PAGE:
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PURSUIT CURVE
Curve studied by Leonardo da Vinci and Pierre Bouguer
in 1732, Du Boisaymé in 1811, Dunoyer
in 1906, and Morley
in 1921 (circular case).
Other name: dog curve. 
Vectorial differential equation: ,
that translates into the differential system:
, or . 
The notion of pursuit curve refers to the trajectory
of a moving point M (the dog or the chasing plane) the movement
of which is, at every instant, oriented in the direction of another moving
point M_{0} (the hare, or the chased
plane), the trajectory of which is called escape curve. In general,
movements of M and M_{0} are
considered to be uniform, with speeds V and V_{0
}=
kV.
Given the trajectory of M_{0}, the trajectory of M is defined in this case by the fact that (MM_{0} ) is tangent at M to its trajectory, and the curvilinear abscissa of M is proportional to that of M_{0}: . 
As one might expect, the dog catches the hare with certainty if and only if it runs faster than it (k < 1). When the two speeds are equal, then the distance between the dog and the hare tends to a constant a, and the curve of the dog tends to become the tractory of that of the hare with a leash of length a.
I) Simplest case: the escape curve is linear.
The hare describes Oy at speed V, and the
dog chases it at speed V/k.
If the coordinates of the dog are (x, y), then the data translates into the equations:  
which provide the differential equation of the trajectory of the dog:  , i.e. 
If the dog is at A with coordinates (a, b) when the hare is at O, then the first integral is:  where with 
and we get the curve with equation: 
with if k ¹ 1 and if k = 1 
and the kinematic equation is given by: 
if k ¹ 1
if k = 1. 
The curve is algebraic iff k is rational: if k = p/q with p and q coprime, then the degree is 2p when k > 1 and p + q when k < 1.
In particular, when k = 1/2, we get a halfTschirnhausen cubic (complete equation: ).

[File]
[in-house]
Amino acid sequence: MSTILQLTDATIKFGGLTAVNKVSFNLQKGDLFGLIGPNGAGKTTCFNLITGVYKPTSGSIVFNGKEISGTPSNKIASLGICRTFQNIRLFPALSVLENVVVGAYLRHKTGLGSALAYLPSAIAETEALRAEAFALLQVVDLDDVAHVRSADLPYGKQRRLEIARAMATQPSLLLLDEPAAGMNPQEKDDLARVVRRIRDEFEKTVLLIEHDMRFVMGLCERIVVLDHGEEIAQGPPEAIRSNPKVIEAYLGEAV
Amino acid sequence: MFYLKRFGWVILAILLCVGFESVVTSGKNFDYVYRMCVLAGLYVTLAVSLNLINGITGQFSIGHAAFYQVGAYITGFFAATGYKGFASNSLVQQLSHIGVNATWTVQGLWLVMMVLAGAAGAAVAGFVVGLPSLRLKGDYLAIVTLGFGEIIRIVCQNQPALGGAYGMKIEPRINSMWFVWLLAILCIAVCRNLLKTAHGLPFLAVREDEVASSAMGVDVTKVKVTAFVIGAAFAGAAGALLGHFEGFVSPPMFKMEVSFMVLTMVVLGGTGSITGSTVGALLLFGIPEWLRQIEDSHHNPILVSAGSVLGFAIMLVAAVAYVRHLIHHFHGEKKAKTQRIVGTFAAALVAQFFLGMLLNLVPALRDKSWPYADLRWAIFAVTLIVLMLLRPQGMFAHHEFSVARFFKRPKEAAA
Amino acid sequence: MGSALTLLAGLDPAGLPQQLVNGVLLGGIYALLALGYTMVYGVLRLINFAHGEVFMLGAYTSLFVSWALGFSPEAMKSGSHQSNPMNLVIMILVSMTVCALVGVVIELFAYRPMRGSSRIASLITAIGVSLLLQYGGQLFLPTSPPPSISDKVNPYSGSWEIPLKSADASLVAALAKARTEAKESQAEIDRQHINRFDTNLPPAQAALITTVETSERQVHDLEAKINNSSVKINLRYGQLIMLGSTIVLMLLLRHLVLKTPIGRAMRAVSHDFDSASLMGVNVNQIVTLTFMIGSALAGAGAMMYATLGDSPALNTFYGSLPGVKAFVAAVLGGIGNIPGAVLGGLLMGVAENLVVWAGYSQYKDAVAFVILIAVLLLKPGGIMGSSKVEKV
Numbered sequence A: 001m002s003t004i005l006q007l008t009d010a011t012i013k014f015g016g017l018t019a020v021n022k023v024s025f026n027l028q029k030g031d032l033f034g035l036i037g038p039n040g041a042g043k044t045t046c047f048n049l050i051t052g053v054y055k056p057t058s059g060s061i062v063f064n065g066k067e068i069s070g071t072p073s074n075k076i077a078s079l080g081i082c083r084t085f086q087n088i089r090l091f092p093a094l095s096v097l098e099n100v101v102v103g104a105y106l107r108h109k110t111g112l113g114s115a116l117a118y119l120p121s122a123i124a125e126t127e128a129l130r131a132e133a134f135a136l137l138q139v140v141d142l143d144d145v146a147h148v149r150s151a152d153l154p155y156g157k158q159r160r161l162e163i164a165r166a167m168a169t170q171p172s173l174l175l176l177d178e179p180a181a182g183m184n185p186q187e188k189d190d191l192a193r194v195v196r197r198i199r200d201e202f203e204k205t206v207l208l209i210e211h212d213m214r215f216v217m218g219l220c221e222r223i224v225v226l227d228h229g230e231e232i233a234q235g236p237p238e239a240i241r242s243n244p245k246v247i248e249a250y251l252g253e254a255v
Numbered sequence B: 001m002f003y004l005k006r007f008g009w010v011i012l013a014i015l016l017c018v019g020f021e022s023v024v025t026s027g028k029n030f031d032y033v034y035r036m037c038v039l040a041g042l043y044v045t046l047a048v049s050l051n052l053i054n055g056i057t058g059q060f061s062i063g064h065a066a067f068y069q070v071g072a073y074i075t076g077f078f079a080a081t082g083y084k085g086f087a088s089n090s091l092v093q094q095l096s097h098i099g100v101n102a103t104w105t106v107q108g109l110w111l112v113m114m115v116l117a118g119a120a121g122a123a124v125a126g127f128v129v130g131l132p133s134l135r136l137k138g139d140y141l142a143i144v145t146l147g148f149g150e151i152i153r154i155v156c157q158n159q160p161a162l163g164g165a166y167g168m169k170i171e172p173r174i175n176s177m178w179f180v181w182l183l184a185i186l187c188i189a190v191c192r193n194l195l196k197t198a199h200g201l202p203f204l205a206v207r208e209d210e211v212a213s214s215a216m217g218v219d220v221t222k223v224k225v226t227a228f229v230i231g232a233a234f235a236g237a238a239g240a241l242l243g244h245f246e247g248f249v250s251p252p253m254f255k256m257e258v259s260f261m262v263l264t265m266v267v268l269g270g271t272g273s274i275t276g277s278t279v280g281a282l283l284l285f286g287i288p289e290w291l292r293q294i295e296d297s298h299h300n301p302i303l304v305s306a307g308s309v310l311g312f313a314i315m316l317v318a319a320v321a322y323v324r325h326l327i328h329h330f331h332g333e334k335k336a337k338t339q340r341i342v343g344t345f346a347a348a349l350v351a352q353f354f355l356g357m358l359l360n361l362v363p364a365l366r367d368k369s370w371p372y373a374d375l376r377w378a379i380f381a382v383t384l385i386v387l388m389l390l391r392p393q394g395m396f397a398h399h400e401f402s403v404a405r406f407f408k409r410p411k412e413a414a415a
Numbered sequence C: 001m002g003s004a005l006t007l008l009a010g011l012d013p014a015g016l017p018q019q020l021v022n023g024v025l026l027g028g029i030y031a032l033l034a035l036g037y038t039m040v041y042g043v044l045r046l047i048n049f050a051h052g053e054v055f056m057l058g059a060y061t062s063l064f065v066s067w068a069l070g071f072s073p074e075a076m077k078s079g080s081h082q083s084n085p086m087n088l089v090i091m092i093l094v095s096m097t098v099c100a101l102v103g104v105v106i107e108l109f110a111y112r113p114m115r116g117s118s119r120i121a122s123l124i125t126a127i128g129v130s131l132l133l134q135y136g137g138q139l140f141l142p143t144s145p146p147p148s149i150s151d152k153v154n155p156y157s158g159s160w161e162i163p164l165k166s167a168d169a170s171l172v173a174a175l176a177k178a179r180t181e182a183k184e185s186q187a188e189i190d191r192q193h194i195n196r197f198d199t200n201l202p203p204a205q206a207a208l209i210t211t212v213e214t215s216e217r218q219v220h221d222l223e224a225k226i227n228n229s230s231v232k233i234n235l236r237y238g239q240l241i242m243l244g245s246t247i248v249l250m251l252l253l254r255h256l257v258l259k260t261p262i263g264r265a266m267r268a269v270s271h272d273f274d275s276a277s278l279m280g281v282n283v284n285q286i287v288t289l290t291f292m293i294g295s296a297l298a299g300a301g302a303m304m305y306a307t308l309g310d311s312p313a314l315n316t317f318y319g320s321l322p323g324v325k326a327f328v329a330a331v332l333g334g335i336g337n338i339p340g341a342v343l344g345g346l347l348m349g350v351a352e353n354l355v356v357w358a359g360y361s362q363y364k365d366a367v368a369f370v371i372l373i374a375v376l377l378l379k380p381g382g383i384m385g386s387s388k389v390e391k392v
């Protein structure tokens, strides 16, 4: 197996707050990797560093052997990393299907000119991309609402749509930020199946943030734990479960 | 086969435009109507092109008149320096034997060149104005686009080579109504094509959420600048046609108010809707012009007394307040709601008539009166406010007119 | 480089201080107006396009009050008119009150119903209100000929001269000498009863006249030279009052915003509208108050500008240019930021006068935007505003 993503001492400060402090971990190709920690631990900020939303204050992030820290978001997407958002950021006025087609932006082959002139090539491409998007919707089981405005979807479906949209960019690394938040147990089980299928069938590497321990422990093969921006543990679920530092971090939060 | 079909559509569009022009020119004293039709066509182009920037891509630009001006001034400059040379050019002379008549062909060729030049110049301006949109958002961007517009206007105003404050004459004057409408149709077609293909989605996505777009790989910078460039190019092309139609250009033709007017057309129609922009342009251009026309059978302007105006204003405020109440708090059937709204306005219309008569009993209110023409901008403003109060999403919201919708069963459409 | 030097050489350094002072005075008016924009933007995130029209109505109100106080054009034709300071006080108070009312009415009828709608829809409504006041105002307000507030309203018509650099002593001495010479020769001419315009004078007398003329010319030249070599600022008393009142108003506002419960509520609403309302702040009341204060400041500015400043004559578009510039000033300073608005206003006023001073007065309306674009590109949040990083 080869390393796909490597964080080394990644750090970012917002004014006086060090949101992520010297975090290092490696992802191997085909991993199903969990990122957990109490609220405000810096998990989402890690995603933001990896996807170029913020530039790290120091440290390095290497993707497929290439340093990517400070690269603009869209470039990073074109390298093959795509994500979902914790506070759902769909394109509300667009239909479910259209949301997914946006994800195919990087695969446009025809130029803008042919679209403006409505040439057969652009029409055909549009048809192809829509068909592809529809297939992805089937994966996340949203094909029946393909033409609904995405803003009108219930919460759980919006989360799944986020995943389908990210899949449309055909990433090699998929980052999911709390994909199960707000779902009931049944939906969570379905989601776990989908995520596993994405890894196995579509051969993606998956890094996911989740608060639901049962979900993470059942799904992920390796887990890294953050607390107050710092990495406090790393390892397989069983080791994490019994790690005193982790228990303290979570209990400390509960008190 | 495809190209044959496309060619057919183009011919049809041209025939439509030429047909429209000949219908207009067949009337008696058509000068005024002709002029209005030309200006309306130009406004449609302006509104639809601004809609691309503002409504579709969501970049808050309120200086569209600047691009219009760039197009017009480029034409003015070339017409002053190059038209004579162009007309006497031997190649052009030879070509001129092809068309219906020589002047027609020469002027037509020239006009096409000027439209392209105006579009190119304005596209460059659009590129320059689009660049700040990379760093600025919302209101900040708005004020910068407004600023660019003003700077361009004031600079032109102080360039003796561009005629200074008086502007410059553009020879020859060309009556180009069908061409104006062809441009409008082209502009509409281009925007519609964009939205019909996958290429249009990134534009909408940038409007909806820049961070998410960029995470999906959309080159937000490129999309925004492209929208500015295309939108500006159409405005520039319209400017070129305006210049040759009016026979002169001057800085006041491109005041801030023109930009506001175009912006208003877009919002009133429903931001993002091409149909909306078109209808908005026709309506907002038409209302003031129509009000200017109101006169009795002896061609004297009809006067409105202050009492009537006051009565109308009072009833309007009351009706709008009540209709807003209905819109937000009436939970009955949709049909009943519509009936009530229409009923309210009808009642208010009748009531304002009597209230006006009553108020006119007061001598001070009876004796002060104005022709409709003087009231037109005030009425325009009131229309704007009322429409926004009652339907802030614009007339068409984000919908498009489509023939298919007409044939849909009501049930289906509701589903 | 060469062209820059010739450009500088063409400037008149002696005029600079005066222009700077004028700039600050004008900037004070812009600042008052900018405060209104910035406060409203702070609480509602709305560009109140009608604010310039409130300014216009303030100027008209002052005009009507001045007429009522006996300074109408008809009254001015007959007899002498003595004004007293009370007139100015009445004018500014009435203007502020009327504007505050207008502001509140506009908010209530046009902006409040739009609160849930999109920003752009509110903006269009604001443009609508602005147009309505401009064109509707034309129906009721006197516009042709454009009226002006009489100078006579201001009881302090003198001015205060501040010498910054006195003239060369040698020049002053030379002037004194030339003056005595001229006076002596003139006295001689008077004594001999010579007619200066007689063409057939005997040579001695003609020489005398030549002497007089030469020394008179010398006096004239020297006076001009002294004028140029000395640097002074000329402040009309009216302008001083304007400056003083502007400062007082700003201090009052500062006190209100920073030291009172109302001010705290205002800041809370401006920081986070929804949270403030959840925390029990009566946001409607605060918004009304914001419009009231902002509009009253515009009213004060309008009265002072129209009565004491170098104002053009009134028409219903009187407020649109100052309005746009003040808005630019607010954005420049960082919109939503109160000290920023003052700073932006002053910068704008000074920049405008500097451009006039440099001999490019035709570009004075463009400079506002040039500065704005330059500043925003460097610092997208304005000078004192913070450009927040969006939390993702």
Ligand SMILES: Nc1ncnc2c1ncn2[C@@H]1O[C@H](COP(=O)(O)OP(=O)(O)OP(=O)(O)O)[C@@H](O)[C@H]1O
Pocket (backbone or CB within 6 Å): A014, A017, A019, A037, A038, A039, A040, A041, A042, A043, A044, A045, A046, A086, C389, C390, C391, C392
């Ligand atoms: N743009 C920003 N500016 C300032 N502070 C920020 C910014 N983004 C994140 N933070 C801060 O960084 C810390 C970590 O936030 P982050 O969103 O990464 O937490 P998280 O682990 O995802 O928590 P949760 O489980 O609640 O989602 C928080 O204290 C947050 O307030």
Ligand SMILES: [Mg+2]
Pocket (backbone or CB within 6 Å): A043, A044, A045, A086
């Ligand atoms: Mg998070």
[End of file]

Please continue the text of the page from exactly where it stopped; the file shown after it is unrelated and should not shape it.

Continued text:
The dog catches the hare iff k < 1, and it catches
it at (0, b  f(a)), i.e.
if b = 0.
When k = 1, the distance between the dog and the
hare goes to a constant, equal to c/2.
in red: the dog runs faster than the hare: it catches it. in green: it runs as fast: no catch possible, and in blue, even less... 
The dog has the same speed as the hare: their distance goes to a constant. 
Note that if the dog were intelligent and ran in a straight
line with anticipation, it could catch the hare iff (for
b
> 0) and therefore could always catch it if it ran just as fast.
The dog curve for
is the caustic by reflection for vertical
incident rays of the generalised parabola
with ;
opposite, the case k = 2 (cubical parabola).
In the case k = 1, the dog curve is the caustic by reflection for vertical incident rays of a logarithmic curve. 
See also the anallagmatic spirals, which are the wheels associated to these pursuit curves.
II) Case of a circular
escape curve (that is said to have been solved only
in 1921).
For the circle with centre O and radius R,
we get the differential system:
that enables us to trace the curves thanks to some software.
The dog catches up with its master again iff k
< 1; when k = 1, the distance dogmaster goes to 0, but it does
not catch up with them; and when k ³
1, the curve has the circle with centre O and radius R/k
as an asymptotic circle, and the distance dogmaster goes to .



Vdog = 2 Vmaster: the dog catches up with the master.  Vdog = Vmaster: the dog catches up with the master... at infinity.  Vdog = 1/2 Vmaster: the distance from the dog to the master goes to and it ends up turning around a circle with radius R/2. 
VARIATION (based on an idea of Alain Esculier): the speed
of the dog is no longer proportional to that of the master, but to their
distance.
Vectorial differential equation: ,
that translates into the differential system: .
Equations of motion for the dog: . 
I) Linear escape curve
For a master (vt, 0), equations of motion for
a dog passing by (0, b):
(a = v/k). Trajectory of the dog: . The speed of the dog goes to that of the master, and their distance goes to v/k. 
II) Circular escape curve.
For a master ,
equations of motion for a dog passing by (0, 0): .
The trajectory of the dog has the the circle with centre O and radius as its asymptote, its speed goes to , and its distance to the master goes to . 
A generalisation consists in considering the pursuit curves
when the velocity vector of the dog forms a constant angle with the line
that
joins it to the master; the simplest case is that where the master does
not move: the dog follows a logarithmic
spiral.
The case of a right angle is studied at
Duporcq
curve.
One can also consider 3D pursuit curves, and study pursuit systems.
For other curves travelled on by dogs, see the
swimming
dog curve (dog swimming against the current towards its master on the
bank) or the conchoid (dog constantly
pulling on its leash in the direction of a fixed point).
Compare to the shadowing
curve.
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© Robert FERRÉOL 2017